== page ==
NIH may have to insist on submission to online archive.
A question to holders of grants from the National Institutes of Health (NIH): do you plan to submit publications resulting from NIH-funded research to PubMed Central? The answer is probably ‘no’. Fewer than 4% of NIH-funded researchers send their papers to the free-to-access archive, despite the agency having requested that they do so since May 2005.
That could be about to change. The archive is at the heart of plans, backed by a coalition of US politicians and advocacy groups, to make the fruits of publicly funded research freely available. On 13 June, a change was introduced to a House of Representatives spending bill such that NIH grantees would be required, not requested, to submit to PubMed within 12 months of publication. The proposal has upset some publishers and scientific societies, who are wary of citation confusion and a possible drop in income.
The move is in part a response to the limited impact of NIH's current policy on open access. “It is not working in its current state,” says Norka Ruiz Bravo, NIH deputy director for extramural research and an advocate of full participation in open-access publishing by all grantees.
“Nobody in academia will do anything administrative that's not obligatory.”
A majority of the NIH Public Access Working Group, an advisory body that includes publishers and researchers, have also endorsed mandatory submission to PubMed Central, says Thomas Detre, a psychiatrist at the University of Pittsburgh in Pennsylvania and chair of the working group: “Nobody in academia will do anything administrative that's not obligatory.”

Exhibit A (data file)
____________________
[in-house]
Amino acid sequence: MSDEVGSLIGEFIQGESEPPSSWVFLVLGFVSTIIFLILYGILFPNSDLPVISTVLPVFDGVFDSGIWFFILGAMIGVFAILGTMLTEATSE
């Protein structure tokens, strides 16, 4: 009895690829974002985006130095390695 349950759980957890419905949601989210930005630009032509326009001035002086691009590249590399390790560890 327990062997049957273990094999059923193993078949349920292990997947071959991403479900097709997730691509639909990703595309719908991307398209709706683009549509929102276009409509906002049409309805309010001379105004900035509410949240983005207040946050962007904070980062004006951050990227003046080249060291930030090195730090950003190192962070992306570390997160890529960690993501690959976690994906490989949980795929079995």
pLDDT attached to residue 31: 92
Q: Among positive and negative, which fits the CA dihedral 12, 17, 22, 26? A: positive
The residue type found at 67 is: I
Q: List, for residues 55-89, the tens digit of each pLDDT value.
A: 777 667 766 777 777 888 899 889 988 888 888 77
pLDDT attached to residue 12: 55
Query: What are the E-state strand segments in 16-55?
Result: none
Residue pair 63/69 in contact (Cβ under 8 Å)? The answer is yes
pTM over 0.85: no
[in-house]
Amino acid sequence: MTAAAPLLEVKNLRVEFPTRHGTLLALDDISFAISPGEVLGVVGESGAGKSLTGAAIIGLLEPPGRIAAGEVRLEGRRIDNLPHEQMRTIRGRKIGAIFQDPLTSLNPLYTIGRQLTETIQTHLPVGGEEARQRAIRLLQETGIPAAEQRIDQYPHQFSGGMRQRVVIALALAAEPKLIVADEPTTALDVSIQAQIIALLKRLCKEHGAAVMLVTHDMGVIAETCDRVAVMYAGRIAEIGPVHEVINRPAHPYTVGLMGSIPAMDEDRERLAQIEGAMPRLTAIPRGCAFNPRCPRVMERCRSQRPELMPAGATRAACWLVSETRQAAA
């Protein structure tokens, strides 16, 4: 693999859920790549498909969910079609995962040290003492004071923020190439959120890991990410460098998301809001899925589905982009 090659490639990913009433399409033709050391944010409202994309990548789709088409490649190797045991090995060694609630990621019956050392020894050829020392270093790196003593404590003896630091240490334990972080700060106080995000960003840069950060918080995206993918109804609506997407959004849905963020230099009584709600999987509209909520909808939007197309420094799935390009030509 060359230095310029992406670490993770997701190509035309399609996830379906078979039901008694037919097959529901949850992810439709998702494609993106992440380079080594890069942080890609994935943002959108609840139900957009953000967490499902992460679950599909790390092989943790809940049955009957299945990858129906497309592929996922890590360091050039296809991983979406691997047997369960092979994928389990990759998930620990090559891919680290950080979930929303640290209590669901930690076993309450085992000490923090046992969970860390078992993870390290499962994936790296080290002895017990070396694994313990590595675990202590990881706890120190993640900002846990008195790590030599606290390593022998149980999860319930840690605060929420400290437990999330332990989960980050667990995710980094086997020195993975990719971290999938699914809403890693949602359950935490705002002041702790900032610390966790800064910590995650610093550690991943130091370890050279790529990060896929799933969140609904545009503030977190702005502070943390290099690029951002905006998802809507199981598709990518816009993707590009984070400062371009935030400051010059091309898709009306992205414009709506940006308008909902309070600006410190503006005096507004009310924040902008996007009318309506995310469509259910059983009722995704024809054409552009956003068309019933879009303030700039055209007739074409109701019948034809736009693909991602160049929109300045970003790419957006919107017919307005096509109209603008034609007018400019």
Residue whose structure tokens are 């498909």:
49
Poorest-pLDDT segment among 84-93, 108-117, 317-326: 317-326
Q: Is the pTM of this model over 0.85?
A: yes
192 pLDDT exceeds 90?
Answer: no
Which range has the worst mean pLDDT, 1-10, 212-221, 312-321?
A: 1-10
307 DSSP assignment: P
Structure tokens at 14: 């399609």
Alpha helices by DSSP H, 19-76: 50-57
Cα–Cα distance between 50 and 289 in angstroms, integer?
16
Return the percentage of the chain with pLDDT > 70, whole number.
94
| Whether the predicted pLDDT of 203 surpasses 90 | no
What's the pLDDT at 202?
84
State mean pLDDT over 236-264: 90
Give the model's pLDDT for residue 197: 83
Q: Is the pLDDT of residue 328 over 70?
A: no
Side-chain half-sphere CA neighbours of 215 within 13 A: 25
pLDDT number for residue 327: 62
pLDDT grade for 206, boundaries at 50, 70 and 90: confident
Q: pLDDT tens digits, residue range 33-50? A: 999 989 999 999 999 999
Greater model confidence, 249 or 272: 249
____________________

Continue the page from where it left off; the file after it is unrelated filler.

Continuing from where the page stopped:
But critics charge that such a policy could affect the integrity of the scientific literature. Some journals do not allow copyedited versions to be posted on PubMed Central. This means two versions of the same research paper can be published: a peer-reviewed manuscript version held in PubMed Central and a journal version complete with copyedits and other mostly cosmetic modifications. The PubMed Central version would also not necessarily link to the journal that published the paper. This would unfairly divert web traffic from the journal, and the multiple versions could confuse citation analyses, says Martin Frank, executive director of the American Physiological Society in Bethesda, Maryland.
Such arguments could be addressed when the Senate drafts its appropriations bill, as some senators are likely to want to include a clause on mandatory submission. In May, for example, Joseph Lieberman and John Cornyn introduced a bill that would require that all federal US agency grantees with annual research budgets of more than $100 million make their research papers freely available within six months of publication (Nature, 441 -140; 2006).
The Senate's spending bill could be introduced in July, although completion by the autumn is more likely.
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